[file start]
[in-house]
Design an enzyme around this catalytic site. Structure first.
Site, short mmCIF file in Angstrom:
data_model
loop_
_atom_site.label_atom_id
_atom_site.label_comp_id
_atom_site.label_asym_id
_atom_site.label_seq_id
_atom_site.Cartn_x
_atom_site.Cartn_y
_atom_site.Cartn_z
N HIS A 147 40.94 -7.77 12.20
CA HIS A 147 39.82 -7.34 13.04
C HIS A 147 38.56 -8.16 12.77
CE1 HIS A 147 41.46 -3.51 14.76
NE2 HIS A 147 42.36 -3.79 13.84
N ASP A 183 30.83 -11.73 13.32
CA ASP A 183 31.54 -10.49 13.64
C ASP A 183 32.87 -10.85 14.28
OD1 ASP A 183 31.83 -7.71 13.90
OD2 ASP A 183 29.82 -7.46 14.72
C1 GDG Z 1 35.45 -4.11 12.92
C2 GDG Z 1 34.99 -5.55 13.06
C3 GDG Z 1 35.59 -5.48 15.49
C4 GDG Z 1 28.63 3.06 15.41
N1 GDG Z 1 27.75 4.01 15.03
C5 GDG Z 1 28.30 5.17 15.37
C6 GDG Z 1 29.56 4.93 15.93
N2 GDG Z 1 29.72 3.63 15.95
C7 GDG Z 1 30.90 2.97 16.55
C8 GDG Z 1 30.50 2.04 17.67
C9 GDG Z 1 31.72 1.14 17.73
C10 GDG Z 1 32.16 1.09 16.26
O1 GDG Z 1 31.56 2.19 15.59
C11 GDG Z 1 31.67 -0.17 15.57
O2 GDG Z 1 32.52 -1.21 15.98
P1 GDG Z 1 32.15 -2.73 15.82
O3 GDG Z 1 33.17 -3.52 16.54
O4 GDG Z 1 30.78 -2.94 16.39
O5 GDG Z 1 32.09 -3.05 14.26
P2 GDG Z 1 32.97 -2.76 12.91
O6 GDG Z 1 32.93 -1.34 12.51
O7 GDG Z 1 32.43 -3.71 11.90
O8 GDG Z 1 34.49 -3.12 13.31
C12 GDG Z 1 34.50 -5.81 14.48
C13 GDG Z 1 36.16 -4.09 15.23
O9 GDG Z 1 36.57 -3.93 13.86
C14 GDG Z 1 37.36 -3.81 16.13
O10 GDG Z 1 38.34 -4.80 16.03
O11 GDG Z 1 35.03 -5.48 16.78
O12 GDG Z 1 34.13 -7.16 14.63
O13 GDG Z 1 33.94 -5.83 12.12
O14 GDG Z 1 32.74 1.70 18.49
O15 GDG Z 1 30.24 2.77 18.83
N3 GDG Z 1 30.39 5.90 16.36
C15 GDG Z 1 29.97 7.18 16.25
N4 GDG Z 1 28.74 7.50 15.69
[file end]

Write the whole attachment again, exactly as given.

[in-house]
Design an enzyme around this catalytic site. Structure first.
Site, short mmCIF file in Angstrom:
data_model
loop_
_atom_site.label_atom_id
_atom_site.label_comp_id
_atom_site.label_asym_id
_atom_site.label_seq_id
_atom_site.Cartn_x
_atom_site.Cartn_y
_atom_site.Cartn_z
N HIS A 147 40.94 -7.77 12.20
CA HIS A 147 39.82 -7.34 13.04
C HIS A 147 38.56 -8.16 12.77
CE1 HIS A 147 41.46 -3.51 14.76
NE2 HIS A 147 42.36 -3.79 13.84
N ASP A 183 30.83 -11.73 13.32
CA ASP A 183 31.54 -10.49 13.64
C ASP A 183 32.87 -10.85 14.28
OD1 ASP A 183 31.83 -7.71 13.90
OD2 ASP A 183 29.82 -7.46 14.72
C1 GDG Z 1 35.45 -4.11 12.92
C2 GDG Z 1 34.99 -5.55 13.06
C3 GDG Z 1 35.59 -5.48 15.49
C4 GDG Z 1 28.63 3.06 15.41
N1 GDG Z 1 27.75 4.01 15.03
C5 GDG Z 1 28.30 5.17 15.37
C6 GDG Z 1 29.56 4.93 15.93
N2 GDG Z 1 29.72 3.63 15.95
C7 GDG Z 1 30.90 2.97 16.55
C8 GDG Z 1 30.50 2.04 17.67
C9 GDG Z 1 31.72 1.14 17.73
C10 GDG Z 1 32.16 1.09 16.26
O1 GDG Z 1 31.56 2.19 15.59
C11 GDG Z 1 31.67 -0.17 15.57
O2 GDG Z 1 32.52 -1.21 15.98
P1 GDG Z 1 32.15 -2.73 15.82
O3 GDG Z 1 33.17 -3.52 16.54
O4 GDG Z 1 30.78 -2.94 16.39
O5 GDG Z 1 32.09 -3.05 14.26
P2 GDG Z 1 32.97 -2.76 12.91
O6 GDG Z 1 32.93 -1.34 12.51
O7 GDG Z 1 32.43 -3.71 11.90
O8 GDG Z 1 34.49 -3.12 13.31
C12 GDG Z 1 34.50 -5.81 14.48
C13 GDG Z 1 36.16 -4.09 15.23
O9 GDG Z 1 36.57 -3.93 13.86
C14 GDG Z 1 37.36 -3.81 16.13
O10 GDG Z 1 38.34 -4.80 16.03
O11 GDG Z 1 35.03 -5.48 16.78
O12 GDG Z 1 34.13 -7.16 14.63
O13 GDG Z 1 33.94 -5.83 12.12
O14 GDG Z 1 32.74 1.70 18.49
O15 GDG Z 1 30.24 2.77 18.83
N3 GDG Z 1 30.39 5.90 16.36
C15 GDG Z 1 29.97 7.18 16.25
N4 GDG Z 1 28.74 7.50 15.69